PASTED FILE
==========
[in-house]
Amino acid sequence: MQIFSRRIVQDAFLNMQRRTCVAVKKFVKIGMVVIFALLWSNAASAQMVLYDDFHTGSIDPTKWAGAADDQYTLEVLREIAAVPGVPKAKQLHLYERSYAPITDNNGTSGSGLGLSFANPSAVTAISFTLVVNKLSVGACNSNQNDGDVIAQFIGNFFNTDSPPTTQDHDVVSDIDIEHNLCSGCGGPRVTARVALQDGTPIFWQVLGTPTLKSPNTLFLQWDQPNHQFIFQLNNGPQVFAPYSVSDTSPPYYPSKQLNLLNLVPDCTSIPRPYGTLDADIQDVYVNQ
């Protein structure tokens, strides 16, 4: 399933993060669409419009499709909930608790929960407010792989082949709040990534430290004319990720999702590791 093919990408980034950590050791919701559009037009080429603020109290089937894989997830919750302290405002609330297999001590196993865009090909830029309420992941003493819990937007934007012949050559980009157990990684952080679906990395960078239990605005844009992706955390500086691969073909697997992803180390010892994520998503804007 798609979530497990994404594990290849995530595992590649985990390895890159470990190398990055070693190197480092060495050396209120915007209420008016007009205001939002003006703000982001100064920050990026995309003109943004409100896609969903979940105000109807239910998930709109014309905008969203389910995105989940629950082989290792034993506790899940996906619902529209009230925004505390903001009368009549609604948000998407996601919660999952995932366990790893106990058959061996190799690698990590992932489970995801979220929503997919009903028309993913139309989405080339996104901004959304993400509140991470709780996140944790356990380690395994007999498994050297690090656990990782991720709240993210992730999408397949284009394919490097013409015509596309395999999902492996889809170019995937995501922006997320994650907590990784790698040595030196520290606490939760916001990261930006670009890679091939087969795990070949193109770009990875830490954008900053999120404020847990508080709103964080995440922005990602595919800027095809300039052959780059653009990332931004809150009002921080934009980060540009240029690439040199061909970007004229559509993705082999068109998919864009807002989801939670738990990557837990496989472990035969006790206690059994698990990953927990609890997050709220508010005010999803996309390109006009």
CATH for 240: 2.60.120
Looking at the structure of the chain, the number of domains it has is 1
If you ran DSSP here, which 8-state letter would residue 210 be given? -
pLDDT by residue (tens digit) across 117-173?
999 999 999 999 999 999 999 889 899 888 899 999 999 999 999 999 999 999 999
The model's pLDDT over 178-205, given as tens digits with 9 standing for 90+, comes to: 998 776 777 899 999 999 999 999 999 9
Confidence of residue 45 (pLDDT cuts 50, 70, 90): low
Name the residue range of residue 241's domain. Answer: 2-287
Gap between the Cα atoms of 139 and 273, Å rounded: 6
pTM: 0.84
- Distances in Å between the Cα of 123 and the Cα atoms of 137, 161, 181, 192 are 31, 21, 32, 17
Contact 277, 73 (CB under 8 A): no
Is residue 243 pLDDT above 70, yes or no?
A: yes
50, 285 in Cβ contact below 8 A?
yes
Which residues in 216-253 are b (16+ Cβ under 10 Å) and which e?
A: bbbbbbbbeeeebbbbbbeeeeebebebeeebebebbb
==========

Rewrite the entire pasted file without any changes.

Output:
[in-house]
Amino acid sequence: MQIFSRRIVQDAFLNMQRRTCVAVKKFVKIGMVVIFALLWSNAASAQMVLYDDFHTGSIDPTKWAGAADDQYTLEVLREIAAVPGVPKAKQLHLYERSYAPITDNNGTSGSGLGLSFANPSAVTAISFTLVVNKLSVGACNSNQNDGDVIAQFIGNFFNTDSPPTTQDHDVVSDIDIEHNLCSGCGGPRVTARVALQDGTPIFWQVLGTPTLKSPNTLFLQWDQPNHQFIFQLNNGPQVFAPYSVSDTSPPYYPSKQLNLLNLVPDCTSIPRPYGTLDADIQDVYVNQ
């Protein structure tokens, strides 16, 4: 399933993060669409419009499709909930608790929960407010792989082949709040990534430290004319990720999702590791 093919990408980034950590050791919701559009037009080429603020109290089937894989997830919750302290405002609330297999001590196993865009090909830029309420992941003493819990937007934007012949050559980009157990990684952080679906990395960078239990605005844009992706955390500086691969073909697997992803180390010892994520998503804007 798609979530497990994404594990290849995530595992590649985990390895890159470990190398990055070693190197480092060495050396209120915007209420008016007009205001939002003006703000982001100064920050990026995309003109943004409100896609969903979940105000109807239910998930709109014309905008969203389910995105989940629950082989290792034993506790899940996906619902529209009230925004505390903001009368009549609604948000998407996601919660999952995932366990790893106990058959061996190799690698990590992932489970995801979220929503997919009903028309993913139309989405080339996104901004959304993400509140991470709780996140944790356990380690395994007999498994050297690090656990990782991720709240993210992730999408397949284009394919490097013409015509596309395999999902492996889809170019995937995501922006997320994650907590990784790698040595030196520290606490939760916001990261930006670009890679091939087969795990070949193109770009990875830490954008900053999120404020847990508080709103964080995440922005990602595919800027095809300039052959780059653009990332931004809150009002921080934009980060540009240029690439040199061909970007004229559509993705082999068109998919864009807002989801939670738990990557837990496989472990035969006790206690059994698990990953927990609890997050709220508010005010999803996309390109006009």
CATH for 240: 2.60.120
Looking at the structure of the chain, the number of domains it has is 1
If you ran DSSP here, which 8-state letter would residue 210 be given? -
pLDDT by residue (tens digit) across 117-173?
999 999 999 999 999 999 999 889 899 888 899 999 999 999 999 999 999 999 999
The model's pLDDT over 178-205, given as tens digits with 9 standing for 90+, comes to: 998 776 777 899 999 999 999 999 999 9
Confidence of residue 45 (pLDDT cuts 50, 70, 90): low
Name the residue range of residue 241's domain. Answer: 2-287
Gap between the Cα atoms of 139 and 273, Å rounded: 6
pTM: 0.84
- Distances in Å between the Cα of 123 and the Cα atoms of 137, 161, 181, 192 are 31, 21, 32, 17
Contact 277, 73 (CB under 8 A): no
Is residue 243 pLDDT above 70, yes or no?
A: yes
50, 285 in Cβ contact below 8 A?
yes
Which residues in 216-253 are b (16+ Cβ under 10 Å) and which e?
A: bbbbbbbbeeeebbbbbbeeeeebebebeeebebebbb